A 50-year-old woman presented with an inferoposterior ST-elevation myocardial infarction (STEMI) and underwent emergency percutaneous coronary intervention (PCI). Angiography revealed acute occlusion of the circumflex and right coronary (RCA) arteries. PCI was uncomplicated. Her medical history included asthma, hypertension and chronic sinusitis.
Three months later, she presented with a non-STEMI (NSTEMI), and angiogram showed a new focal stenosis in the left anterior descending artery. Pressure wire assessment induced severe coronary spasm. After liberal intracoronary nitrate, fractional flow reserve measured 0.71, so a further stent was implanted. Six days later, she was readmitted with another NSTEMI. Repeat angiogram revealed patent stents, with severe spasm of the distal RCA which improved following nitrate (figure 1A,B). Four days later, she was readmitted with further NSTEMI. Coronary angiography was not felt to be appropriate, and she was discharged with vasodilator therapy.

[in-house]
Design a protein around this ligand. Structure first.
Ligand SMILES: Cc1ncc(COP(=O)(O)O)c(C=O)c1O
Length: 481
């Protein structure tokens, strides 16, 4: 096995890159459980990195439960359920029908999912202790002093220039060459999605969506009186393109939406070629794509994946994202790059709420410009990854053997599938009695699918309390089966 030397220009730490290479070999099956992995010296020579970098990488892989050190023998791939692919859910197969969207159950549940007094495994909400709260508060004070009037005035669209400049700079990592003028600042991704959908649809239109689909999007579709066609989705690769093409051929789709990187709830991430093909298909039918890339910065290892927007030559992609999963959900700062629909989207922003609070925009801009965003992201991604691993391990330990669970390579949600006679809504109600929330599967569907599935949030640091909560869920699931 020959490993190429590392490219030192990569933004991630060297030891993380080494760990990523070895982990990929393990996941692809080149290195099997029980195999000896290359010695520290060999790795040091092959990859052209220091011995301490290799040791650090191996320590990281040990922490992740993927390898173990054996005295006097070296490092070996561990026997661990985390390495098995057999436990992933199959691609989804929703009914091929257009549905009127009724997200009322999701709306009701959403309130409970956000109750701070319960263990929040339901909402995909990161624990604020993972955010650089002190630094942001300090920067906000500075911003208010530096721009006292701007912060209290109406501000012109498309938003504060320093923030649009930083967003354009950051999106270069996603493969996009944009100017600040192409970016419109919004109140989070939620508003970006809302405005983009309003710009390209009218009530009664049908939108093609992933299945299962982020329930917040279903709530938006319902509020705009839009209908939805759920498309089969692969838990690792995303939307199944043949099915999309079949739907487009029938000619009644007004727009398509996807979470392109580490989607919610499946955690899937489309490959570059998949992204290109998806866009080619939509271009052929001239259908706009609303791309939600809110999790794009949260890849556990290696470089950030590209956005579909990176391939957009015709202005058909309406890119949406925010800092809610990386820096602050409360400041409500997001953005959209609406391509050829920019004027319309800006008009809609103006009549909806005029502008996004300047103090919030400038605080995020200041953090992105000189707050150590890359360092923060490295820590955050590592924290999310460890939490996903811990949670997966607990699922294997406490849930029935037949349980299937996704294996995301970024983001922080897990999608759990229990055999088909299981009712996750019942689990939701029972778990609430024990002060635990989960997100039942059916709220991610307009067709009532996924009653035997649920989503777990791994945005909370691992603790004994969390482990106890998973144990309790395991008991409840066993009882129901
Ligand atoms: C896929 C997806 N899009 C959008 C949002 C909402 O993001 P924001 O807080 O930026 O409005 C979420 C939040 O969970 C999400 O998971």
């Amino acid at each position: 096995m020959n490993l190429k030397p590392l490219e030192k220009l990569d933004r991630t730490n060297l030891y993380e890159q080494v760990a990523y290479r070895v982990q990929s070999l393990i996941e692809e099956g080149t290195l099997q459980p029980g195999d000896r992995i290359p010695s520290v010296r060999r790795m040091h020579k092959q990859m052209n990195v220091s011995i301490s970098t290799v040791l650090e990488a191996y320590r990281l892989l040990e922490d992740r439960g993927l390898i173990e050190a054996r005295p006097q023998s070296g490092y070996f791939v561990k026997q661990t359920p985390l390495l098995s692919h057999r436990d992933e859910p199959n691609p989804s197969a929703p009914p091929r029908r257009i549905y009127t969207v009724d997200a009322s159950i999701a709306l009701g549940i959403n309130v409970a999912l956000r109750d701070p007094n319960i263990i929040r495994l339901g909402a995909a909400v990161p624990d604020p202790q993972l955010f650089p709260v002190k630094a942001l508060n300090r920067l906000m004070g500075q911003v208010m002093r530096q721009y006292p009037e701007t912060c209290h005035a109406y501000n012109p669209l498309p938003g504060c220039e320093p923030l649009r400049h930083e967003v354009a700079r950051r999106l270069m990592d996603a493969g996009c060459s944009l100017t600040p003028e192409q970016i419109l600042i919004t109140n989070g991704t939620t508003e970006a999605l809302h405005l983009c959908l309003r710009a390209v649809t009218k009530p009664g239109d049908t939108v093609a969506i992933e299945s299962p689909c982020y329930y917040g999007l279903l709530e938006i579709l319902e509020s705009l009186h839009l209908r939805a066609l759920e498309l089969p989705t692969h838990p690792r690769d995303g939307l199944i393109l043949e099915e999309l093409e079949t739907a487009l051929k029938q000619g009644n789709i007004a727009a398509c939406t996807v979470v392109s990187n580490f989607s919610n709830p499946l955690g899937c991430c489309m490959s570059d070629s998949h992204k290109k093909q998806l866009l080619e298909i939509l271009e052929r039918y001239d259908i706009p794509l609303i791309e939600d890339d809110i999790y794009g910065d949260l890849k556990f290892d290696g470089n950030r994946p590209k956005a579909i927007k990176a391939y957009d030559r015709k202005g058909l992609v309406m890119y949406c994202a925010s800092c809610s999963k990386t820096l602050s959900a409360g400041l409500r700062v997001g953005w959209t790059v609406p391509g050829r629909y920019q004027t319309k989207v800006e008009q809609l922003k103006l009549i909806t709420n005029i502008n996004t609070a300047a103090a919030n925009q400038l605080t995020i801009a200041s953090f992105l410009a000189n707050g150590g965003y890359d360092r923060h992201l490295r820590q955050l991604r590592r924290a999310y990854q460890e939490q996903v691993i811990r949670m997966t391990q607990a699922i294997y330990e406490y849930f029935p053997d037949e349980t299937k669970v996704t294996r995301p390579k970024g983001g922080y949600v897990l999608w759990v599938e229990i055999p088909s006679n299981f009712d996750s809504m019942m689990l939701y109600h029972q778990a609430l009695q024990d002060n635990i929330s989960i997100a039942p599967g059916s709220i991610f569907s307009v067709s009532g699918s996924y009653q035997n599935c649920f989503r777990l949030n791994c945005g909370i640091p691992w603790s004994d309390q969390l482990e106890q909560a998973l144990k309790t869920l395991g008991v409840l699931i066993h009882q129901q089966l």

(A) Angiogram of RCA pre nitrates; (B) Angiogram of RCA post nitrates; (C) CT brain post cardiac arrest; (D) CMR post cardiac arrest.
The following day, she had an out-of-hospital ventricular fibrillation (VF) arrest and was successfully resuscitated. CT brain showed no evidence of neurological injury (figure 1C). Cardiac magnetic resonance imaging (CMR) was performed prior to implantable cardioverter defibrillator (ICD) implantation (figure 1D). Eosinophils had been persistently elevated with a peak of 1.78x109 (normal: 0.02–0.5x109). Antinuclear antibodies and antineutrophil cytoplasmic antibodies (ANCA) were negative.
What is the diagnosis for her recurrent acute coronary syndrome and VF arrest?
Aggressive atherosclerotic coronary artery disease.
Prinzmetal’s variant angina.